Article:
In the MYTH WARRIORS™ series we are targeting ideas to begin to assess whether they are credible or not. We are warriors fighting to establish clarity between what is accurate and what is simply a myth (or falsehood) in life. Our topic is, “You wouldn't worry so much about what others think of you if you realized how seldom they do.” - Eleanor Roosevelt (longest serving First Lady of the US)
What do other people really think of me? They don't.
This may sound blunt but the obsession with perceptions of what other people think about us is difficult for me to understand. Most of us spend our waking hours on our own lives (what we are doing, feeling, etc.). The belief that we are forefront in the minds of other people (beyond our closest loved ones) is narcissistic.
There are stages of human development that we all experience (to some extent) as adolescents where we are learning to define ourselves and are focused on our peer feedback. The continuation of this behavior into adulthood is not going to result in the best possible outcomes.
1) How do you know what other people think at all? You don’t. You only know what they tell you they claim to be thinking (which is not necessarily accurate). If you ask a friend, “How do I look in this dress?” What incentive do they have to tell you anything other than what you want to hear?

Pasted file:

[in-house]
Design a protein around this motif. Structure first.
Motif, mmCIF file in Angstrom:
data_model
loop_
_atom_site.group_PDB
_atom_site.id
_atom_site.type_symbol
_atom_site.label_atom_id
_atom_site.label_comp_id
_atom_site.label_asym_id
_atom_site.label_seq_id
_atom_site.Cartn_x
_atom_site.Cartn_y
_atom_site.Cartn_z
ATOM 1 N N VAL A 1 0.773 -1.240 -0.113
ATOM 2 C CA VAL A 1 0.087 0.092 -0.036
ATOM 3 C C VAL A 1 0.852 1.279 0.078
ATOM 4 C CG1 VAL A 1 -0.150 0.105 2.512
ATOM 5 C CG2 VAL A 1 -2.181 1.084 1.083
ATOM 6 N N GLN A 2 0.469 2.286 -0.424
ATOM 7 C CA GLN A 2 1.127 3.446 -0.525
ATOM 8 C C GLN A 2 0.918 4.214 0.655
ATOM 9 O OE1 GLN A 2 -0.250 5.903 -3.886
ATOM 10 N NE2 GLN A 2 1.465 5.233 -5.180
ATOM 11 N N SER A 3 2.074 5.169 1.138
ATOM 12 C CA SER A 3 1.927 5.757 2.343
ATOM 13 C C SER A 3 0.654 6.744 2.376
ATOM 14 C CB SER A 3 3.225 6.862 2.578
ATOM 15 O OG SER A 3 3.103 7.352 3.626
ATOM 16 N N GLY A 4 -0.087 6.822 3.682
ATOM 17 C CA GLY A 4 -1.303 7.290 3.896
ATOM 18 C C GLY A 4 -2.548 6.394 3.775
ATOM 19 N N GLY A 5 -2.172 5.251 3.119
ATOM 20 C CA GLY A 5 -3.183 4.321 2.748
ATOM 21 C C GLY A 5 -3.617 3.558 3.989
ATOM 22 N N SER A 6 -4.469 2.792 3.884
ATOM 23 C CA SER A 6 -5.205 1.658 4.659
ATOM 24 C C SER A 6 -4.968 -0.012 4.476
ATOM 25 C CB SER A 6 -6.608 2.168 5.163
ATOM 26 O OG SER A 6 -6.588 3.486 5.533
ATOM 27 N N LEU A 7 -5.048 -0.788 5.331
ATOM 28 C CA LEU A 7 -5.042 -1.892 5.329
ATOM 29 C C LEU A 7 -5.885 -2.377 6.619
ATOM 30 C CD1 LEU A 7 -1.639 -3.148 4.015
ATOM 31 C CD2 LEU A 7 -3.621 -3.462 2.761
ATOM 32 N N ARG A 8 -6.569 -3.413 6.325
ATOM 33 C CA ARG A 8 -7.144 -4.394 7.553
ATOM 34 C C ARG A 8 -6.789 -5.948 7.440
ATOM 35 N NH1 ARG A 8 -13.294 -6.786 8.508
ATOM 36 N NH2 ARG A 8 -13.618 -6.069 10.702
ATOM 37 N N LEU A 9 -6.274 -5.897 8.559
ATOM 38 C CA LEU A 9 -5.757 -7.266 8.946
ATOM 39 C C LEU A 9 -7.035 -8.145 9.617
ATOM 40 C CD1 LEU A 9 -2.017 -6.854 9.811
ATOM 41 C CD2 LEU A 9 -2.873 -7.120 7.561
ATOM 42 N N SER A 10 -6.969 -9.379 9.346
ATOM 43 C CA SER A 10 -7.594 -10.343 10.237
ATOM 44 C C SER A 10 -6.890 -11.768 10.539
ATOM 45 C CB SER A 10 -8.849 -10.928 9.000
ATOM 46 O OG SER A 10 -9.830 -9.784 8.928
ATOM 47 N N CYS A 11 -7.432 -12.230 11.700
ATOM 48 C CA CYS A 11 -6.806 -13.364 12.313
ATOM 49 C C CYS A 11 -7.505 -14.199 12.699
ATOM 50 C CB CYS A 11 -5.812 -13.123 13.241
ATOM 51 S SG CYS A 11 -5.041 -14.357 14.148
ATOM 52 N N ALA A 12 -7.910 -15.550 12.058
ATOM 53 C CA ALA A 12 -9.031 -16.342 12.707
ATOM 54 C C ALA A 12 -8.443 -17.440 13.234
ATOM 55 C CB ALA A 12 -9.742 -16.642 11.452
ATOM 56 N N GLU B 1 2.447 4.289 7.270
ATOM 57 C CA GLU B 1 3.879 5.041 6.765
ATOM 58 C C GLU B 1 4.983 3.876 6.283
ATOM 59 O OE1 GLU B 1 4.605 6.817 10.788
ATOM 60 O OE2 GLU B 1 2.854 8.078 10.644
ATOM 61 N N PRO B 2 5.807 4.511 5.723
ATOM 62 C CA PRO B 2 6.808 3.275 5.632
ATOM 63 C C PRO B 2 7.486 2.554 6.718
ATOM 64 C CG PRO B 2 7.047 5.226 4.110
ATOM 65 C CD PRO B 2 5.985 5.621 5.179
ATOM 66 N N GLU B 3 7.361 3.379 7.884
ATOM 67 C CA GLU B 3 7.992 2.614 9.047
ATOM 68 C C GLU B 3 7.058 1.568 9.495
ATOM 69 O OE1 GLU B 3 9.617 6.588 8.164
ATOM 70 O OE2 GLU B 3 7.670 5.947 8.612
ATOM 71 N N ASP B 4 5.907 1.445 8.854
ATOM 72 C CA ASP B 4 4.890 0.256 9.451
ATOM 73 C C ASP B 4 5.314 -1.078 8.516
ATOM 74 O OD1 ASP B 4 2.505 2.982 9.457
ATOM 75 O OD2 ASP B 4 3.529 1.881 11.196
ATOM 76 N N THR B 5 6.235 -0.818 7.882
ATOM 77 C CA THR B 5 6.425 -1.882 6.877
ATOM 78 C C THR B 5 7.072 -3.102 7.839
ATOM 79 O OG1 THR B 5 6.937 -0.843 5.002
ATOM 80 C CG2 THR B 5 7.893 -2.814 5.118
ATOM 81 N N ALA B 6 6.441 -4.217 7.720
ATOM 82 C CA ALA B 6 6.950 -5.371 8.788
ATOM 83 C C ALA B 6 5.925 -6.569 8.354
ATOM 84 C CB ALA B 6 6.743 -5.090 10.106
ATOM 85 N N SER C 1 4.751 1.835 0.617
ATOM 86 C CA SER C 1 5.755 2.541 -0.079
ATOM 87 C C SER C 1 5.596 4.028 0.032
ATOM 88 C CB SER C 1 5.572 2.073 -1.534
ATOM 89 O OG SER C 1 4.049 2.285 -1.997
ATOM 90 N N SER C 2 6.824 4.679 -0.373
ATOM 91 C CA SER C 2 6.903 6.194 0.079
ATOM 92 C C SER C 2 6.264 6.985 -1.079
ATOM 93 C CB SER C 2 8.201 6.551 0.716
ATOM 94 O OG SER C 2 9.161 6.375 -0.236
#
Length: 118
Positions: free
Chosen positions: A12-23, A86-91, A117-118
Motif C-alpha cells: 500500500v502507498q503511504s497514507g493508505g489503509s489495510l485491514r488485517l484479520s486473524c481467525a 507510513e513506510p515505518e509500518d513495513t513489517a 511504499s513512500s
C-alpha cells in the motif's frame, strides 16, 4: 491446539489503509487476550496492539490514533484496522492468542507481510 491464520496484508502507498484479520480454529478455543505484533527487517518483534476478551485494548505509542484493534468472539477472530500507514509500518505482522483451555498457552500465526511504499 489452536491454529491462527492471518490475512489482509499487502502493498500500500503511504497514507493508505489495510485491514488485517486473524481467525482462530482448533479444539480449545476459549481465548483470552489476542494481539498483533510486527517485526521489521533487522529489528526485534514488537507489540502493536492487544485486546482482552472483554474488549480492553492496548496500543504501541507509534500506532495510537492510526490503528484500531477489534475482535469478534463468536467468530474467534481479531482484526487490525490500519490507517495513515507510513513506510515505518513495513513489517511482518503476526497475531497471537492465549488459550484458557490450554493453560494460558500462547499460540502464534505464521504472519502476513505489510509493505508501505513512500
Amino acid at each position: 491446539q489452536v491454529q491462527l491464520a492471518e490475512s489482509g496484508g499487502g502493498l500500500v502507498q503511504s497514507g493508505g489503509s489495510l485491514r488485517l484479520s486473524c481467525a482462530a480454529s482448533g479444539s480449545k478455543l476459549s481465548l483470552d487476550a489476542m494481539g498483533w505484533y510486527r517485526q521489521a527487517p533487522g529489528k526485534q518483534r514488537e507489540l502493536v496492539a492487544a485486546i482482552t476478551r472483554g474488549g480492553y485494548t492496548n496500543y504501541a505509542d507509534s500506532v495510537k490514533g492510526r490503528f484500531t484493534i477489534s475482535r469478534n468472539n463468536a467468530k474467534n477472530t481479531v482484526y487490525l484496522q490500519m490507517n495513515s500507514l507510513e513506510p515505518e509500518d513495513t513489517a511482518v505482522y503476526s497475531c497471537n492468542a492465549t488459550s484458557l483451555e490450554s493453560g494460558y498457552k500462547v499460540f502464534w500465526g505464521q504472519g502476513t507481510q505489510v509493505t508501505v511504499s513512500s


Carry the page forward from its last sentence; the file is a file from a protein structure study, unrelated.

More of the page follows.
2) If other people tell you what they claim to think about you, so what? What does it matter? Are you an individual (in any sense of the word) or a follower (constantly morphing into whomever you think they think you should be)?
Don’t worry about what other people think of you. Instead, focus on what you think of yourself and your actions in the world. Are you kind to yourself? Are you of service to others? Are you joyful? Are you fulfilling and surpassing your goals? Are you fully experiencing your own life each day?
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